By calling for the raising of the UN refugee numbers, what Mr Morrison is calling for is a reduction of those who are taken in under the Special Humanitarian Program. As you can see, the Coalition took in a high number of SHP refugees. They had no problems taking them as long as no one made a big thing about it. Now in opposition, the Coalition wants to suddenly up the number of UN refugees and lower those granted SHP status. Well it wants the current government to anyway.

John Howard harped on for years about ‘people jumping the queue’ in regards to refugees. As you can clearly see, the Howard government itself did this by allowing the SHP numbers to outweigh the number of UN declared refugees. Between 2002 and 2006 almost 4000 UN refugees that we were supposed to take in were denied that uptake. Imagine if you will, being accepted as UN classified refugees – genuine refugees – and told that you have been accepted and Australia has been asked to take you and then find yourself waiting year after year after year after year. It’s enough to get you annoyed enough to get onto a boat.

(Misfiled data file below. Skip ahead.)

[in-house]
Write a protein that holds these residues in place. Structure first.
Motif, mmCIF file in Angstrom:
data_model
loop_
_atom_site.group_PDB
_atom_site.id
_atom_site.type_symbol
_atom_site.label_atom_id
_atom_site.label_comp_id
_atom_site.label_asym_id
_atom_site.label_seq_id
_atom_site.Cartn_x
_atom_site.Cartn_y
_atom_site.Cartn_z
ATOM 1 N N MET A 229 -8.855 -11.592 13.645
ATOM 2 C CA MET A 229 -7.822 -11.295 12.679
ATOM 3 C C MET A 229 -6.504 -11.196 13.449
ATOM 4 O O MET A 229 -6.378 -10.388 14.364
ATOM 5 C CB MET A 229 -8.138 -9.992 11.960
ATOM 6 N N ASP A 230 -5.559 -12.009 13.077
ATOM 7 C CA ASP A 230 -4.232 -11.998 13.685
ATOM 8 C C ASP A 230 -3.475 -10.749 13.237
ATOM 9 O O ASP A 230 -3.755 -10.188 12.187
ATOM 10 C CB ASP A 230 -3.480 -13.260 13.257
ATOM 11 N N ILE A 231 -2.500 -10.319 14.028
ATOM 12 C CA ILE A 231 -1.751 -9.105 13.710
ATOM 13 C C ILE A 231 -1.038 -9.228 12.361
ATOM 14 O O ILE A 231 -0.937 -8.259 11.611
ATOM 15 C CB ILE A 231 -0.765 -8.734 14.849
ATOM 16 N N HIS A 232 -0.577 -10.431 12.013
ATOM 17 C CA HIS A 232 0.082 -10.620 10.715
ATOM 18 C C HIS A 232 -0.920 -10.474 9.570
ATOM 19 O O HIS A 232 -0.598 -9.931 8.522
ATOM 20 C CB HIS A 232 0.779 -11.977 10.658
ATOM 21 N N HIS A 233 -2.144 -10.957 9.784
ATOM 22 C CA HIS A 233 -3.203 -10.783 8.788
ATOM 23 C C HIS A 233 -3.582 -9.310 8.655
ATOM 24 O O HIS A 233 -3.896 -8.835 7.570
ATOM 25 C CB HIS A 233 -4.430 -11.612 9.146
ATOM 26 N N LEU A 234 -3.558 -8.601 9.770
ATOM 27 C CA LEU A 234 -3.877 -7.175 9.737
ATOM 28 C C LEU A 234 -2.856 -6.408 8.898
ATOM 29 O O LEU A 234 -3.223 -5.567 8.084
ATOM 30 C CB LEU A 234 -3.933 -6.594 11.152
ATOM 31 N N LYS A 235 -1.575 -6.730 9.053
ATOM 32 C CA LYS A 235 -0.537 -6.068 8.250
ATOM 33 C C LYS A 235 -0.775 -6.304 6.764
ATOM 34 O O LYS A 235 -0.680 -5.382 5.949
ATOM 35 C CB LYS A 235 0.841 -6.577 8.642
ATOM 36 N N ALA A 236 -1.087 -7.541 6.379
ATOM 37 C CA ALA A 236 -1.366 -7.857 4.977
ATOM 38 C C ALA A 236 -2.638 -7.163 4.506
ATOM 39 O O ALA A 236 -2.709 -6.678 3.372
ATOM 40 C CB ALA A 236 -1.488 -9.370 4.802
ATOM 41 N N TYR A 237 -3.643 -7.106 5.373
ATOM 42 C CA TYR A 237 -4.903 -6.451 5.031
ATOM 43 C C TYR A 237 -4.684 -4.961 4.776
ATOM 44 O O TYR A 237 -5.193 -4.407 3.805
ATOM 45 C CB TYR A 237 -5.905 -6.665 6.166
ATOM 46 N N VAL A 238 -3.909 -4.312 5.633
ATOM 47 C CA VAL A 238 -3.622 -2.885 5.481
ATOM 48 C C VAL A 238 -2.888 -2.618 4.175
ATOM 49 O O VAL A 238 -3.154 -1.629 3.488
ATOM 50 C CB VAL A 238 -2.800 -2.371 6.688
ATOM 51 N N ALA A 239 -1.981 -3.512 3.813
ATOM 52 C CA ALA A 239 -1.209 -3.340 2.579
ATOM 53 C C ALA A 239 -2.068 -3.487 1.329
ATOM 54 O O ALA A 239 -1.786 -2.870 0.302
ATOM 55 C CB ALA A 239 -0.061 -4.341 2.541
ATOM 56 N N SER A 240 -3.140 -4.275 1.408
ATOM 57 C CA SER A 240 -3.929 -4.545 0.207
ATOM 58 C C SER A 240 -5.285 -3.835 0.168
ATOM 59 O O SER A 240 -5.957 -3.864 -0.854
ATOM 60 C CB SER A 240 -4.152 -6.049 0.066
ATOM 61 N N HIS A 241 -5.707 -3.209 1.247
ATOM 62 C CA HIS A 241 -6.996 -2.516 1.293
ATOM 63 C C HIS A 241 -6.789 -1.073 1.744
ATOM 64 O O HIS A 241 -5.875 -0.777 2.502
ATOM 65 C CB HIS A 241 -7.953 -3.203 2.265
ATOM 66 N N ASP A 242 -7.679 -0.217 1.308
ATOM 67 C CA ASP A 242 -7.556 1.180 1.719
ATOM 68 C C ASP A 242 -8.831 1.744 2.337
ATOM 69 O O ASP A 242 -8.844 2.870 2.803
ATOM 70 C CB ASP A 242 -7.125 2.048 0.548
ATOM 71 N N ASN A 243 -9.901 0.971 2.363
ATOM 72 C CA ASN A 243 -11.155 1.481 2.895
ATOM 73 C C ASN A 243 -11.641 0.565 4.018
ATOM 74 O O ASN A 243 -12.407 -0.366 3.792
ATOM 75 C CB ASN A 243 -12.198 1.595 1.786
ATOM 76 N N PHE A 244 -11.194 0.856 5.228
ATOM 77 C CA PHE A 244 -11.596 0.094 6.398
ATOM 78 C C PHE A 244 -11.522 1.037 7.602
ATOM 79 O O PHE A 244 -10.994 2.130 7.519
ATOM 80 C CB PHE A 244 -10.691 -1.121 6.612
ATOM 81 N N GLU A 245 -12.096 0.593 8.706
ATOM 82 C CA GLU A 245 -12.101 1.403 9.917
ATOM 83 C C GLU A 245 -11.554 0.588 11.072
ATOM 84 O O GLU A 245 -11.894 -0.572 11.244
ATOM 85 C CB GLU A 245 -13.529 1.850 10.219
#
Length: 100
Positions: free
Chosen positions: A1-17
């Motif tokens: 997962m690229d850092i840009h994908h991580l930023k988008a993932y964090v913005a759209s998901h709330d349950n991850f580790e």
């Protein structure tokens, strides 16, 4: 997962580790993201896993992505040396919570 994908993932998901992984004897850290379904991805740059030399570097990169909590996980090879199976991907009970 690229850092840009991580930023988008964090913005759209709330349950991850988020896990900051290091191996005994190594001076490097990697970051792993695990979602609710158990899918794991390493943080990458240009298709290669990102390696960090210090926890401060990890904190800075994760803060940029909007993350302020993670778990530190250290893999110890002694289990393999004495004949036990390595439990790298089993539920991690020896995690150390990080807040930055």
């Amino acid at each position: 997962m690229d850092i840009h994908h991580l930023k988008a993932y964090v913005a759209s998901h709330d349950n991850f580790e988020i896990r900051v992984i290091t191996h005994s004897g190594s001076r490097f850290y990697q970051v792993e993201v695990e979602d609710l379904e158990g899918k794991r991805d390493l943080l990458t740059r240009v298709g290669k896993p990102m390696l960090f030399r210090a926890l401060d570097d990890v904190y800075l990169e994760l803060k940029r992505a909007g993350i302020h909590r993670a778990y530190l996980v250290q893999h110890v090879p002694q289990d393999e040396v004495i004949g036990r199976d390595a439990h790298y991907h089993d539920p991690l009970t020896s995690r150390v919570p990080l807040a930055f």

So now after the Coalition has created this resentment in UN refugee camps, they announce the exact opposite of what they did and ask for an increase of the intake from 6000  to 10,000. This is how the Coalition manages policy. Hard left. Hard right. Hard left. Hard right. It does not steer. It does not make small corrections. It makes huge corrections. Why? Because it makes huge mistakes.

A. Ghebranious   2010            All Rights Reserved


One Comment